Karuna Precision Wellness Center and LifeOmic recently hosted an engaging and energizing Cancer Wellness Symposium, featuring presentations from integrative oncology experts, Dr. Nasha Winters, ND, and Dr. Donald l. Abrams, MD. There was also a powerful discussion with a panel of cancer survivors who generously shared their personal health journeys stories and presentations from Dr. Jamie Renbarger, founder of Karuna, and Dr. Donald Brown of LifeOmic.
The day was packed with pearls! Here are some of the highlights and common threads between Dr. Winters’ and Dr. Abrams’ presentations.
The importance of nutrition was the biggest theme of the day. 95% of cancers are due to diet, lifestyle, and environmental influences, while only 5% have genetic origins. Nutrition is foundational to health, wellness, and cancer outcomes. Integrative Oncology uses nutrition and lifestyle as tools to nurture an environment where cancer does not thrive.
The standard American diet (aptly abbreviated SAD) is the #1 leading cause of mortality and morbidity in the U.S. Americans are primarily eating foods that are high in energy but devoid of nutrients. We’re overfed and undernourished. The SAD promotes inflammation and reduces immunity — the antithesis of what we should eat to support our health to prevent and fight cancer.
So, what should you be eating to prevent and fight cancer? The exact details of a therapeutic diet differ from person to person. For example, Dr. Winters uses a variety of biomarkers, such as specific gene variations, inflammatory levels, and personal history to inform her dietary recommendations. However, there are certainly some basic principles that can get you started. Please discuss all dietary and lifestyle changes with your physician and other healthcare practitioners.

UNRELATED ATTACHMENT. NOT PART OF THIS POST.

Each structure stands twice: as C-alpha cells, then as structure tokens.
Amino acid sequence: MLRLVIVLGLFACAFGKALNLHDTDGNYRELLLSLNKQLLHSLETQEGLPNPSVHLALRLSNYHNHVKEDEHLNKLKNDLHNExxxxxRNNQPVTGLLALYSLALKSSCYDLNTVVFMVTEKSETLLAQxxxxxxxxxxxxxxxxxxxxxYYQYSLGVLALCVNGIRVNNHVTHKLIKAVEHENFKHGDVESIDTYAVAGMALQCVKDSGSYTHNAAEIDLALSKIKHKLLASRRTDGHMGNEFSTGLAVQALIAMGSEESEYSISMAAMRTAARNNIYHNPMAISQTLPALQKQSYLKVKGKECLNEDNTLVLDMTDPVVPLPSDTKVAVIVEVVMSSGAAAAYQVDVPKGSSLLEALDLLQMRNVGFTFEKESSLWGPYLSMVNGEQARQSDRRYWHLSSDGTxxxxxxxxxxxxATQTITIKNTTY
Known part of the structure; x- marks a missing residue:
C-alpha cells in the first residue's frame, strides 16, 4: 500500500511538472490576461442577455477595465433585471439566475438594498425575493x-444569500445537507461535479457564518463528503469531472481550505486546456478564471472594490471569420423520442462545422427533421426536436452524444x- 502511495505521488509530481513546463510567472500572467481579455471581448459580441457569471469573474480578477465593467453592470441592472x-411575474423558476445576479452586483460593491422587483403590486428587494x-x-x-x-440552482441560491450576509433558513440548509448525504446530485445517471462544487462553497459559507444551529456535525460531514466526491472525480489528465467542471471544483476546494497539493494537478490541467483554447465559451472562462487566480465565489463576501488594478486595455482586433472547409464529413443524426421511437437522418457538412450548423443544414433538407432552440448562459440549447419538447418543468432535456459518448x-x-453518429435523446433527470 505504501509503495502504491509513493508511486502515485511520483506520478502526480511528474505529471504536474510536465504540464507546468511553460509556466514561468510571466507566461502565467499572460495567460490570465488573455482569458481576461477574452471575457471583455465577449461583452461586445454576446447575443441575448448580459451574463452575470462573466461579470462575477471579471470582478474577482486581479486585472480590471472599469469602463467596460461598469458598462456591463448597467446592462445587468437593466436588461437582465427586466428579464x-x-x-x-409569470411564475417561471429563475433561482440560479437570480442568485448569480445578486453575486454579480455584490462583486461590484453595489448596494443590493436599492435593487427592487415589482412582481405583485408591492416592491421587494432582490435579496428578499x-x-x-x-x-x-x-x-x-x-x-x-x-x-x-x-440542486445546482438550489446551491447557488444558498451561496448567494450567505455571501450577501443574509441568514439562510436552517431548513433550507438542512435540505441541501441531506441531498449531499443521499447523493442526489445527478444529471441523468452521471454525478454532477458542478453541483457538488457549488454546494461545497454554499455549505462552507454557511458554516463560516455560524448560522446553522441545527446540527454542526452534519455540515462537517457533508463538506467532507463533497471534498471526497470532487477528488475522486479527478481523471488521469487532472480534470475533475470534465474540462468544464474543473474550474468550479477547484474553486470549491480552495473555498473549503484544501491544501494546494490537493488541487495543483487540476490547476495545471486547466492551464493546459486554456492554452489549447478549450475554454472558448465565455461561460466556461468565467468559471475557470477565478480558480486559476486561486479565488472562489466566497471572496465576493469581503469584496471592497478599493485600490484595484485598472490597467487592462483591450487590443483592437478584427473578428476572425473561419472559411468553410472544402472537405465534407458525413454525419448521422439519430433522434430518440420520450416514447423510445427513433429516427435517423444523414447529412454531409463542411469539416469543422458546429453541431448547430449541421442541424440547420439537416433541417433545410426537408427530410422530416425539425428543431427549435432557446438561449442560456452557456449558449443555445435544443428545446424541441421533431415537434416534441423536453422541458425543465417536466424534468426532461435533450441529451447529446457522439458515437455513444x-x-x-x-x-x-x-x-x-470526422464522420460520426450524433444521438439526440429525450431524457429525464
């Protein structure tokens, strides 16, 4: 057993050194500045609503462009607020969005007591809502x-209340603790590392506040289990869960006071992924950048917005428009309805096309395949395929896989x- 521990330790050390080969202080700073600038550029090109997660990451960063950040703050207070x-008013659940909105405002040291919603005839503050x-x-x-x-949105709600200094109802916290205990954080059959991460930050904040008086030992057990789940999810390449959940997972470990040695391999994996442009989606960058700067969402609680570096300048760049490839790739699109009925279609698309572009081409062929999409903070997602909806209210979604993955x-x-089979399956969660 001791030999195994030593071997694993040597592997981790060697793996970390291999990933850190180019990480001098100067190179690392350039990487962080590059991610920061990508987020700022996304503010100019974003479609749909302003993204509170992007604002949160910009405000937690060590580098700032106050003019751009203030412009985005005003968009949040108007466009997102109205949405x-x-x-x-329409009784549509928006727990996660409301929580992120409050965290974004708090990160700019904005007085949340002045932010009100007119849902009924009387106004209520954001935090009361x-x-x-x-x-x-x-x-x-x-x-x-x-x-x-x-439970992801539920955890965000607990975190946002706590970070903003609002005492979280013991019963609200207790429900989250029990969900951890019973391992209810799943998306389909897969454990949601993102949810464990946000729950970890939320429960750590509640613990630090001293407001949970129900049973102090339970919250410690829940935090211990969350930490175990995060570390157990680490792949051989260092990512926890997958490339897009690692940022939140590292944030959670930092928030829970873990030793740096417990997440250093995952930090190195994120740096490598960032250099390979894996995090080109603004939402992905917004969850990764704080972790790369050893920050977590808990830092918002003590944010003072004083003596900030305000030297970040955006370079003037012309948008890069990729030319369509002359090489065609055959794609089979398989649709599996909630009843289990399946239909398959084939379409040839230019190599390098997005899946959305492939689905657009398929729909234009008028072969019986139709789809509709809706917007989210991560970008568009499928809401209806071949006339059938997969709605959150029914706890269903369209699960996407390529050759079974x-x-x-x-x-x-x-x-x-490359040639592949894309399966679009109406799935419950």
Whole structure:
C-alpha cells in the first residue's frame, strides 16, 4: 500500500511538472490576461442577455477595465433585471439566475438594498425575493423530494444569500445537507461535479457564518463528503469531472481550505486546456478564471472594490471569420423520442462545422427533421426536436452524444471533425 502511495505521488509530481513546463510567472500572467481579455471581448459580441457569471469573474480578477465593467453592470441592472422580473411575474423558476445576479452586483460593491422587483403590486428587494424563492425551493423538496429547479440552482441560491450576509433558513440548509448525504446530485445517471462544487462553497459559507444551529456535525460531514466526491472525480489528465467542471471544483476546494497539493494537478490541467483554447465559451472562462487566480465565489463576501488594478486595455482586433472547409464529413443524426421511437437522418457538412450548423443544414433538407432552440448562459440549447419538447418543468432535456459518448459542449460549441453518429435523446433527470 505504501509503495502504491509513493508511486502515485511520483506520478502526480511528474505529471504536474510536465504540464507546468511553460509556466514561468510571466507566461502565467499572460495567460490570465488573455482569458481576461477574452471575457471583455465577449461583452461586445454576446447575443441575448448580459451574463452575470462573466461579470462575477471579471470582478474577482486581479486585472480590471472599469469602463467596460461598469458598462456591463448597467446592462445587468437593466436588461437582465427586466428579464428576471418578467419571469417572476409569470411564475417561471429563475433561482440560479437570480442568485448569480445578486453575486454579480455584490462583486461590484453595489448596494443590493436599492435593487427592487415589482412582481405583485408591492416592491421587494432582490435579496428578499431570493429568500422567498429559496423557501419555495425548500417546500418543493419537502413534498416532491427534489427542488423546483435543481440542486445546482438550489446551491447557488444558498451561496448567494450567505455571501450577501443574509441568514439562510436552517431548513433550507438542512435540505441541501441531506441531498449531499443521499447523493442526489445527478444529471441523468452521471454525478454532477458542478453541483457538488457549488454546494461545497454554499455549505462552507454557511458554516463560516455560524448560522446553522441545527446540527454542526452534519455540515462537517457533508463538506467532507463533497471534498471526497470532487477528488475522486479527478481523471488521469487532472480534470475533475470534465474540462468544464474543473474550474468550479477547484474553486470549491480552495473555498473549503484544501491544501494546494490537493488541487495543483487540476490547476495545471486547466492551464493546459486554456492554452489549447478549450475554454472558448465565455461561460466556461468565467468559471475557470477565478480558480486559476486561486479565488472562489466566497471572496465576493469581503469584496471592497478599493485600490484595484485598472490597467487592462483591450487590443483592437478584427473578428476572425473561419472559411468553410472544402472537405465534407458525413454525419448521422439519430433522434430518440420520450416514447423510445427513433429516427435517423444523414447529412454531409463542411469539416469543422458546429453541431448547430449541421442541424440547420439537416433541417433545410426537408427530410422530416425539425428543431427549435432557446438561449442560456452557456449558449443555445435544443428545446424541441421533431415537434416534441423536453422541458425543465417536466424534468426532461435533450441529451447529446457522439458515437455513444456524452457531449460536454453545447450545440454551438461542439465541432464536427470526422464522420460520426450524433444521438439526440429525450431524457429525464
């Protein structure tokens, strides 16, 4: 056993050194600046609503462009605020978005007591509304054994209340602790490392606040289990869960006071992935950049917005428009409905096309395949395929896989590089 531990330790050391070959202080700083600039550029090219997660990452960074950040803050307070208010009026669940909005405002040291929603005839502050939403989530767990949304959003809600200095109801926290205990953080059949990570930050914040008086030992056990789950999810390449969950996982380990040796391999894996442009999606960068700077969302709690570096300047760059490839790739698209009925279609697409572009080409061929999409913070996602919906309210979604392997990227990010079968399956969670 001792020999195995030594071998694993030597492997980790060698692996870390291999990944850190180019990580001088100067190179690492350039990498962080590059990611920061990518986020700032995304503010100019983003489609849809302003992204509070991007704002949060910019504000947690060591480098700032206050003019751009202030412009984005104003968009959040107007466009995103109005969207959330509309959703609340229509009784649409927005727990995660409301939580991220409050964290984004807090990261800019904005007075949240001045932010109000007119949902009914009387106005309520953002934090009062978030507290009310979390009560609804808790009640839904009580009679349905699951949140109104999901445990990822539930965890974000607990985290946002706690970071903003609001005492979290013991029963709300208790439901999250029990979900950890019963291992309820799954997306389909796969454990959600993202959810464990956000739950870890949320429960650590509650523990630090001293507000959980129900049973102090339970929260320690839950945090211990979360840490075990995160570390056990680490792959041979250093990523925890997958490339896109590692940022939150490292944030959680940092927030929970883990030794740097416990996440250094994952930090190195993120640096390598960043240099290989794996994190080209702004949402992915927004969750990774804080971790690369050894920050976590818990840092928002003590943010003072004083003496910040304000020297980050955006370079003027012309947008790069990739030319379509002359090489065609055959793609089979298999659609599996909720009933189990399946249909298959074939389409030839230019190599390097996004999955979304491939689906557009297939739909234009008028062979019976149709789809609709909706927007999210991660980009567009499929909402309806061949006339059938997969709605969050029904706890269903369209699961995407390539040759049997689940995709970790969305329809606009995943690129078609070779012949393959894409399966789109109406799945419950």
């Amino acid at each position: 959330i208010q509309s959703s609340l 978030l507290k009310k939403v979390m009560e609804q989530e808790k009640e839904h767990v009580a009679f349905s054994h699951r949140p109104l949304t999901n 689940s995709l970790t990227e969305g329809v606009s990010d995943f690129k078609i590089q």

Eat your vegetables. Dr. Winters echoed the recommendations of Dr. Terry Wahls, who used diet to reverse her MS. The Wahls Protocol advises eating 9 cups of vegetables daily to supply all the micronutrients that your body needs to heal and thrive, including 3 cups of dark green leafies, 3 cups of brightly colored, and 3 cups of cruciferous vegetables.
Eat healthy fats. Healthy fats rich in anti-inflammatory omega-3s are essential for wellness. Enjoy extra-virgin olive oil, avocado oil, coconut oil, tallow, lard, and butter from grass-fed cows. Fish, nuts, and olives are also great sources of healthy fats. Avoid vegetable oils, such as corn, canola, sunflower, and safflower.
Avoid sugar. Sugar feeds cancer, increases inflammation, disrupts the microbiome, and reduces immunity. The American Institute for Cancer Research recommends reducing intake of sugar-sweetened beverages; this is a good first step. Full avoidance will support your health, wellness, and metabolic flexibility.
Avoid alcohol. Unfortunately, alcohol has been shown to increase the risk of many types of cancer and it is best avoided.
Choose high quality organic, whole foods. Modern farming practices use an abundance of pesticides and produce animals that are pro-inflammatory. Choose organic, pastured, and grass-fed and grass-finished meats, poultry and eggs. If you eat dairy products, opt for grass-fed; however, Dr. Abrams supports a dairy-free diet. Fish should be wild-caught, and fruits, vegetables, and other plant foods organic and GMO free.
Be metabolically flexible. Dr. Winters spoke in depth about the importance of metabolic flexibility, which means that your body can use either sugar or fat as a fuel source. There is mounting evidence that cancer is a metabolic disease. Clues that you have some metabolic instability include, feeling hangry, you need to eat before bed, you wake up feeling hungry, and you need to eat first thing in the morning.
Research shows that ketosis (the metabolic process of using fats for energy) restores normal apoptosis in cancer cells, lowers angiogenesis, destabilizes tumor tissue resulting in damage to cancer cells, reduces tumor size over time, lowers inflammation, reduces levels of insulin, and enhances the action of standard treatments while reducing common side effects.
You may be wondering: How do I become metabolically flexible? Fasting and ketogenic diets are tools for establishing metabolic flexibility. Intermittent fasting is a way to incorporate periods of fasting into your regular routine, such as fasting for a certain period each day, or for certain days each week. Fasting for just 13 hours daily has been shown to improve the prognosis and lower recurrence rates for breast cancer survivors.
See Dr. Winters’ book The Metabolic Approach to Healing for more information on metabolic flexibility.
Karuna Precision Wellness Center. (Producer). (2020). Cancer Wellness Symposium [Video].